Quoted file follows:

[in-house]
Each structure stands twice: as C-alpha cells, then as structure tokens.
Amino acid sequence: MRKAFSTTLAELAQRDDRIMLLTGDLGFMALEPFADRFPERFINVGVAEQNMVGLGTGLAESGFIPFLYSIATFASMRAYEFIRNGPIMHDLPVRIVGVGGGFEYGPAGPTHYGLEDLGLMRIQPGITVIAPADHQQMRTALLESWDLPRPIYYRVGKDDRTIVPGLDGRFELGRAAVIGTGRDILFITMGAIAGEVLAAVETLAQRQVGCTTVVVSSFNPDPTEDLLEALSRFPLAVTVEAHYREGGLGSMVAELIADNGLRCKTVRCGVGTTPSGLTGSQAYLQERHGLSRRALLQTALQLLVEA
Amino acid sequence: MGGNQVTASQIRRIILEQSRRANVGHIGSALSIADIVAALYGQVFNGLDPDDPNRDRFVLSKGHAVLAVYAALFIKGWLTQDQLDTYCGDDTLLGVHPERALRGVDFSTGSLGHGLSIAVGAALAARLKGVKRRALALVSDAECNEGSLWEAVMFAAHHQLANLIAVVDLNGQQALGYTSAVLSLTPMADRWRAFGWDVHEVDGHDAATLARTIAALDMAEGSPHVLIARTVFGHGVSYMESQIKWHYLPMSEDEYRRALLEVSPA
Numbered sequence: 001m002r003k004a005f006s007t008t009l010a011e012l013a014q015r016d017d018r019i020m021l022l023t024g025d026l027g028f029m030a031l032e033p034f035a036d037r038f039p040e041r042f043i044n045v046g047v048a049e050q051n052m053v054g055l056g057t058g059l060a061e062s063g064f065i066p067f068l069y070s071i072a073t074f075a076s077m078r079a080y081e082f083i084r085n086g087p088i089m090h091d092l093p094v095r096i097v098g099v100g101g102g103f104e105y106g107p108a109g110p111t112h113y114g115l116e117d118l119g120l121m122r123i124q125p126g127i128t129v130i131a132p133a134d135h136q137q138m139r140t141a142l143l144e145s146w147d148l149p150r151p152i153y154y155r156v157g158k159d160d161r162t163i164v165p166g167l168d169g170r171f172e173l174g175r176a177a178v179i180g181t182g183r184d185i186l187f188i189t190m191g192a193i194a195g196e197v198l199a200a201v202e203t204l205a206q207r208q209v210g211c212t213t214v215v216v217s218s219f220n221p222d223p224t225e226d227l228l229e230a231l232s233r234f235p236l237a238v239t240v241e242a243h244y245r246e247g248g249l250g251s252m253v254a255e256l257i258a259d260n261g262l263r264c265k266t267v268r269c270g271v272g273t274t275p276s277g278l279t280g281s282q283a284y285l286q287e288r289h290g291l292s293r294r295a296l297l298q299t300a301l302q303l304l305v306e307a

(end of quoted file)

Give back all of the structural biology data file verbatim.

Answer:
[in-house]
Each structure stands twice: as C-alpha cells, then as structure tokens.
Amino acid sequence: MRKAFSTTLAELAQRDDRIMLLTGDLGFMALEPFADRFPERFINVGVAEQNMVGLGTGLAESGFIPFLYSIATFASMRAYEFIRNGPIMHDLPVRIVGVGGGFEYGPAGPTHYGLEDLGLMRIQPGITVIAPADHQQMRTALLESWDLPRPIYYRVGKDDRTIVPGLDGRFELGRAAVIGTGRDILFITMGAIAGEVLAAVETLAQRQVGCTTVVVSSFNPDPTEDLLEALSRFPLAVTVEAHYREGGLGSMVAELIADNGLRCKTVRCGVGTTPSGLTGSQAYLQERHGLSRRALLQTALQLLVEA
Amino acid sequence: MGGNQVTASQIRRIILEQSRRANVGHIGSALSIADIVAALYGQVFNGLDPDDPNRDRFVLSKGHAVLAVYAALFIKGWLTQDQLDTYCGDDTLLGVHPERALRGVDFSTGSLGHGLSIAVGAALAARLKGVKRRALALVSDAECNEGSLWEAVMFAAHHQLANLIAVVDLNGQQALGYTSAVLSLTPMADRWRAFGWDVHEVDGHDAATLARTIAALDMAEGSPHVLIARTVFGHGVSYMESQIKWHYLPMSEDEYRRALLEVSPA
Numbered sequence: 001m002r003k004a005f006s007t008t009l010a011e012l013a014q015r016d017d018r019i020m021l022l023t024g025d026l027g028f029m030a031l032e033p034f035a036d037r038f039p040e041r042f043i044n045v046g047v048a049e050q051n052m053v054g055l056g057t058g059l060a061e062s063g064f065i066p067f068l069y070s071i072a073t074f075a076s077m078r079a080y081e082f083i084r085n086g087p088i089m090h091d092l093p094v095r096i097v098g099v100g101g102g103f104e105y106g107p108a109g110p111t112h113y114g115l116e117d118l119g120l121m122r123i124q125p126g127i128t129v130i131a132p133a134d135h136q137q138m139r140t141a142l143l144e145s146w147d148l149p150r151p152i153y154y155r156v157g158k159d160d161r162t163i164v165p166g167l168d169g170r171f172e173l174g175r176a177a178v179i180g181t182g183r184d185i186l187f188i189t190m191g192a193i194a195g196e197v198l199a200a201v202e203t204l205a206q207r208q209v210g211c212t213t214v215v216v217s218s219f220n221p222d223p224t225e226d227l228l229e230a231l232s233r234f235p236l237a238v239t240v241e242a243h244y245r246e247g248g249l250g251s252m253v254a255e256l257i258a259d260n261g262l263r264c265k266t267v268r269c270g271v272g273t274t275p276s277g278l279t280g281s282q283a284y285l286q287e288r289h290g291l292s293r294r295a296l297l298q299t300a301l302q303l304l305v306e307a